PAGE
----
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University of Southern California

1. St. Clair, Aaron B. Coordinating social communication in human-robot task collaborations.

Degree: PhD, Computer Science (Robotics and Automation), 2015, University of Southern California

Robots have become increasingly capable of performing a variety of tasks in real-world dynamic environments, including those involving people. Beyond competently performing the tasks required of them, service robots should also be able to coordinate their actions with those of the people around them in order to minimize conflicts, provide feedback, and build rapport with human teammates in both work environments (e.g., manufacturing) and home settings. Humans coordinate their actions in various task settings through structured social interaction aimed at representational alignment and intentional feedback. In order for robots to coordinate their actions using similar modalities, they must be capable of contextualizing the actions of human partners and producing relevant natural communicative behaviors as the task progresses. This dissertation is motivated by the high-level goal of producing effective social feedback during task performance, and alleviating the burden of coordinating the team's joint activity by allowing human users to interact with robots through natural social modalities as partners rather than as operators. ❧ This dissertation develops an approach for constructing and generalizing models of role-based coordinating communication during physically-decoupled human-robot task scenarios, specifically pairwise collaborations in which a person and a robot work together to achieve a shared goal. The approach is validated in different task contexts with different user populations using objective and subjective measures of task performance and user preferences. To support role-allocative communication observed in our pilot experiments with two-person teams, the human-robot collaboration problem is formulated as a Markov decision process in which roles are represented by a set of policies capturing different action selection preferences and accounting for unequal capabilities between human and robot collaborators. A probabilistic method is used to track the user's activity over time and to recognize the role assumed by the user, communication is then planned given the expected policy of the user, the policy of the robot, and the current task state. The communication generated by the robot consists of three types of speech actions and associated co-verbal behavior: 1) self-narration of the robot's activities, 2) role allocation suggestions for the user, and 3) empathetic displays when positive and negative state changes occur. ❧ The approach was validated initially on a dynamic augmented reality herding task with a population of convenience users using objective metrics (idle time, distance traveled) as well as subjective evaluations (user preference, perceived intelligence of the robot), where a higher utilization of the robot and more equitable path distance was observed in comparison to a non-communicating robot. The generalizability of the approach to a different task setting and user population was also evaluated on a cooking task with an elderly user population. The contributions of this dissertation… Advisors/Committee Members: Mataric, Maja J. (Committee Chair), Sukhatme, Gaurav S. (Committee Member), Ayanian, Nora (Committee Member), Hagedorn, Aaron T. (Committee Member).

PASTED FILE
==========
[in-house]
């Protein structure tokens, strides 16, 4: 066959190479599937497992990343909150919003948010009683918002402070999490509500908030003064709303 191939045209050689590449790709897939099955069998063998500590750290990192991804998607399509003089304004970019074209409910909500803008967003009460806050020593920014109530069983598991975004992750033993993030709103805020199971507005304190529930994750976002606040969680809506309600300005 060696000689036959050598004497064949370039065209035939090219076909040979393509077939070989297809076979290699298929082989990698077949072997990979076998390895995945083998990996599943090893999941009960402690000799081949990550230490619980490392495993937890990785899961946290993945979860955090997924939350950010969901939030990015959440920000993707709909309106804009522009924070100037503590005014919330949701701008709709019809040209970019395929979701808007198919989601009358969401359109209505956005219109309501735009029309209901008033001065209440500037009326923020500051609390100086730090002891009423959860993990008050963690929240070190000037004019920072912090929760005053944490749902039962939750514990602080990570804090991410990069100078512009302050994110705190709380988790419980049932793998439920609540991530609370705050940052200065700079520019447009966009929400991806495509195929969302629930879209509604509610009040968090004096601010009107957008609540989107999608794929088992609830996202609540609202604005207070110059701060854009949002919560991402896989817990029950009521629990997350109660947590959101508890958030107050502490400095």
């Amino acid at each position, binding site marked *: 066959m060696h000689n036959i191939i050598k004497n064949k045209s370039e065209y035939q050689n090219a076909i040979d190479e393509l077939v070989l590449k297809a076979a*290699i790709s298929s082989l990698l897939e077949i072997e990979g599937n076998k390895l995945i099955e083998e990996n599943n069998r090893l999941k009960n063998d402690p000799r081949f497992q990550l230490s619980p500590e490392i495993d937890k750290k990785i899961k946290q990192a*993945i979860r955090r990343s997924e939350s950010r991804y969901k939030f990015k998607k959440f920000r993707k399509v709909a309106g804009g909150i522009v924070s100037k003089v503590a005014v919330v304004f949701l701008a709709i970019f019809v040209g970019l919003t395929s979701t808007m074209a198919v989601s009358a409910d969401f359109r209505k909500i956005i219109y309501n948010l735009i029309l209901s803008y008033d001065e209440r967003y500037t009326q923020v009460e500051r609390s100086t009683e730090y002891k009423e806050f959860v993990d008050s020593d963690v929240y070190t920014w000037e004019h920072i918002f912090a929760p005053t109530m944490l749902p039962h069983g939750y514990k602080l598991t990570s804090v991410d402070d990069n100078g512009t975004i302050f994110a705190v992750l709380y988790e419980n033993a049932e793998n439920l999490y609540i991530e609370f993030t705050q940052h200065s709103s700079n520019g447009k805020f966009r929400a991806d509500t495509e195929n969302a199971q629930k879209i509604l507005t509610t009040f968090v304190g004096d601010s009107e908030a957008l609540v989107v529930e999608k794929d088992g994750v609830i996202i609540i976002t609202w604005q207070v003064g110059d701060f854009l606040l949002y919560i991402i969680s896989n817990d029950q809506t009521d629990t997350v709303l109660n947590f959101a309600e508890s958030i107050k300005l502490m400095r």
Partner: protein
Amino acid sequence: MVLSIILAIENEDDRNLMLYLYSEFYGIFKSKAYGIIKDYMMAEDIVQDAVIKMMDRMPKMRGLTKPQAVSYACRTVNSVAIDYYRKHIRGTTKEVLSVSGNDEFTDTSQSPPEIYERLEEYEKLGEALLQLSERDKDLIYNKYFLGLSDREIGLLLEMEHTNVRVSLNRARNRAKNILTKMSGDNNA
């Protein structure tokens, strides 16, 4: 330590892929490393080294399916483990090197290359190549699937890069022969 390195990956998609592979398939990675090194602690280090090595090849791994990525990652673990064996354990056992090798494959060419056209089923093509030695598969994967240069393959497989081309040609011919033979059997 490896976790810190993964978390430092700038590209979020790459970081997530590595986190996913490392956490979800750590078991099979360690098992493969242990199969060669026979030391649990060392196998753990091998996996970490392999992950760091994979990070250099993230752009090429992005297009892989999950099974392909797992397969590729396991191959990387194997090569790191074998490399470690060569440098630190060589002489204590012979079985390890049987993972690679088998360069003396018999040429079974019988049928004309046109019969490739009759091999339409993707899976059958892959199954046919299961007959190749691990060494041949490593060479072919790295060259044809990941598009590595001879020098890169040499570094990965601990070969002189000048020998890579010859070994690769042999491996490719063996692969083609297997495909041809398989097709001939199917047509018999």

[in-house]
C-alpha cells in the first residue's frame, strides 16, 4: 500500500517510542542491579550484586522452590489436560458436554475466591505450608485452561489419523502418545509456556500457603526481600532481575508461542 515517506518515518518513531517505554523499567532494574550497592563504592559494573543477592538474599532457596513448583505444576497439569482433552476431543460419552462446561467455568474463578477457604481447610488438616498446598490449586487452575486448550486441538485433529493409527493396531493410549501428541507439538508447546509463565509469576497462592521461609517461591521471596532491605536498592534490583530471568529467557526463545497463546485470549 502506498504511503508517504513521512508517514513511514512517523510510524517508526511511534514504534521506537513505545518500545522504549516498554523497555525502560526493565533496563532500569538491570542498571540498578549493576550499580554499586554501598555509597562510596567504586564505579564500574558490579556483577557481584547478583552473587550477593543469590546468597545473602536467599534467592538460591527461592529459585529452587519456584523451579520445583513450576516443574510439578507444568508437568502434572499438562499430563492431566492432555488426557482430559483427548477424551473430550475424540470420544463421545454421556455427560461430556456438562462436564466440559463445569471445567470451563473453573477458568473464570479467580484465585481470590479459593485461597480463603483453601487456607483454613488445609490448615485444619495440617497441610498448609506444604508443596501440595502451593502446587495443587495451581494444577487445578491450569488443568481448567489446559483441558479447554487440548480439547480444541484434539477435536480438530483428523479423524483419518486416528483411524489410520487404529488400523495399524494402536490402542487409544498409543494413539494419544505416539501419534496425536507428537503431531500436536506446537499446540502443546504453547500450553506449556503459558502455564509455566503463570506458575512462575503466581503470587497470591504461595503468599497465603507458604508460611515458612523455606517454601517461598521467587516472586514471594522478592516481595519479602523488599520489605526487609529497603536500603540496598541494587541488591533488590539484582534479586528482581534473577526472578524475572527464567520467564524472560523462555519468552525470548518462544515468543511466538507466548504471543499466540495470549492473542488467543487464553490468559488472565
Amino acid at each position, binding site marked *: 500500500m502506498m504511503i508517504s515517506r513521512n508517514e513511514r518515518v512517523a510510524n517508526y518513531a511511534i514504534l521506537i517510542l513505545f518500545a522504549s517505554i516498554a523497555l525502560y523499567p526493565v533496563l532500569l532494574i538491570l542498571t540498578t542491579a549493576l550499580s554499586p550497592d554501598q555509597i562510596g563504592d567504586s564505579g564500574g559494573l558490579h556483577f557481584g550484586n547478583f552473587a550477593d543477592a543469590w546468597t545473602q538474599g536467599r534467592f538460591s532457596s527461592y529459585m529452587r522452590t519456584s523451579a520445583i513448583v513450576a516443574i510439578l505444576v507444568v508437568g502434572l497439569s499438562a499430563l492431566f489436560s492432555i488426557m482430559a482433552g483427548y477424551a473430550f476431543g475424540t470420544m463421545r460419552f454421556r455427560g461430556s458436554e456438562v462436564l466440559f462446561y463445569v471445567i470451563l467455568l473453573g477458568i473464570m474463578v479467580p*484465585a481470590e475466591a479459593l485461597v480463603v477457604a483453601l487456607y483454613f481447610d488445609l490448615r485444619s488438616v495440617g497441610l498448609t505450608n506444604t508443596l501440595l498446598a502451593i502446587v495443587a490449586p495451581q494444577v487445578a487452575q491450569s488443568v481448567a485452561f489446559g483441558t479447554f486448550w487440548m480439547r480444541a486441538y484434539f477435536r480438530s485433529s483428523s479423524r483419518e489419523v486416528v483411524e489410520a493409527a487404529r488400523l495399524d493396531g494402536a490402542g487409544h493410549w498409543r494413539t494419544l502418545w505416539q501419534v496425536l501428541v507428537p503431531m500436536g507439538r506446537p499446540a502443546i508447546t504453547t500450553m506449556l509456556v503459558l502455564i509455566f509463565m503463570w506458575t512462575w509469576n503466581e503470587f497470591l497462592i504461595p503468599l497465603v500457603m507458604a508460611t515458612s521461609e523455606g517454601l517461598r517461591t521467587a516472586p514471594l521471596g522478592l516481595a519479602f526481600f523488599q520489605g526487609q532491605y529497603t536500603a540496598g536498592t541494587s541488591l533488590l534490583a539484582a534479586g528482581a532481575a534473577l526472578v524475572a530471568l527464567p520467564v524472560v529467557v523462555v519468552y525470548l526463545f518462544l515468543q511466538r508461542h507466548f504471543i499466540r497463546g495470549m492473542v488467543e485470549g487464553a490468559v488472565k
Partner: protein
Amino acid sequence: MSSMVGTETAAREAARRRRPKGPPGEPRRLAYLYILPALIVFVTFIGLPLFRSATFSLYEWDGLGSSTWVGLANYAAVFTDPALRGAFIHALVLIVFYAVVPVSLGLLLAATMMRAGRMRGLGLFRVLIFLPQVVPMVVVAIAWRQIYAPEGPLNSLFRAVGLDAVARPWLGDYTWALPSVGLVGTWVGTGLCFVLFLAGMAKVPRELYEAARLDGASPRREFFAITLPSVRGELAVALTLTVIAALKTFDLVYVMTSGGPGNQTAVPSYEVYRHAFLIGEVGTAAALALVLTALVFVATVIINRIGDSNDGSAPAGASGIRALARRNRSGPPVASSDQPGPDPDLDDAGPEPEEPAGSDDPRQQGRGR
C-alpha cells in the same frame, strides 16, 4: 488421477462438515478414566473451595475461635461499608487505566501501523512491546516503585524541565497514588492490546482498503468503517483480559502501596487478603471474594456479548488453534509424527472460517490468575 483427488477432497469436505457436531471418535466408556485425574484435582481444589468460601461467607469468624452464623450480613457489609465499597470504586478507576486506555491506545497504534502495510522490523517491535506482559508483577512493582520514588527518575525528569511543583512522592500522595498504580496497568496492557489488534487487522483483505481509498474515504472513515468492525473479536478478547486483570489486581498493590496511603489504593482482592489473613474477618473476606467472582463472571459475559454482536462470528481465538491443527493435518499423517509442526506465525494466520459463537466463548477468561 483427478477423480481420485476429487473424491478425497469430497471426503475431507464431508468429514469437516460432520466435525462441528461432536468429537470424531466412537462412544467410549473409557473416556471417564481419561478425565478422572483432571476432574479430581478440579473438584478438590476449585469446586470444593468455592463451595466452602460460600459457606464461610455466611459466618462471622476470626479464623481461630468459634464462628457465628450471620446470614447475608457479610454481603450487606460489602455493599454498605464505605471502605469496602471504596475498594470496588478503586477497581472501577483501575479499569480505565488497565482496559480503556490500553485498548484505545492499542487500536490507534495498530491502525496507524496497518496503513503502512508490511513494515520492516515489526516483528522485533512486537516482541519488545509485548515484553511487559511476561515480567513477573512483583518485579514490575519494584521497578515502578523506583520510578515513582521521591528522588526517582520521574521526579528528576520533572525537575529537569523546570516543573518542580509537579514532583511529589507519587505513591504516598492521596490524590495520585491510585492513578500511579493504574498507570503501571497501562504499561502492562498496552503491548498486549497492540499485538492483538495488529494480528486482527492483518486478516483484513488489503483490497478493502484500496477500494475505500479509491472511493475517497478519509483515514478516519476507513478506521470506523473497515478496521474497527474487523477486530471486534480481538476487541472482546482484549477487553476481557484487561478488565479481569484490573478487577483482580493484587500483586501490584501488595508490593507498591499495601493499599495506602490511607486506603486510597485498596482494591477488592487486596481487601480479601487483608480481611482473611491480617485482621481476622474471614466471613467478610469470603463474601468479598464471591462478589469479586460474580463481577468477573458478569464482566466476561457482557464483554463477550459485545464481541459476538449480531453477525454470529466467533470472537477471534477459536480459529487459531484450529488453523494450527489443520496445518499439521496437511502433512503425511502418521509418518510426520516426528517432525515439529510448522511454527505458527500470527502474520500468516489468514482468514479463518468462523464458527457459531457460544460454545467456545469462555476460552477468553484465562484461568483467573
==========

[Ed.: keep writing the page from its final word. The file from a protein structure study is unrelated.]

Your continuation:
Subjects/Keywords: human-robot interaction; human-machine collaboration; robotics; verbal feedback; collaboration

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APA (6th Edition):

St. Clair, A. B. (2015). Coordinating social communication in human-robot task collaborations. (Doctoral Dissertation). University of Southern California. Retrieved from

Chicago Manual of Style (16th Edition):

St. Clair, Aaron B. “Coordinating social communication in human-robot task collaborations.” 2015. Doctoral Dissertation, University of Southern California. Accessed July 18, 2019.

MLA Handbook (7th Edition):

St. Clair, Aaron B. “Coordinating social communication in human-robot task collaborations.” 2015. Web. 18 Jul 2019.


St. Clair AB. Coordinating social communication in human-robot task collaborations. [Internet] [Doctoral dissertation]. University of Southern California; 2015. [cited 2019 Jul 18]. Available from:

Council of Science Editors:

St. Clair AB. Coordinating social communication in human-robot task collaborations. [Doctoral Dissertation]. University of Southern California; 2015. Available from: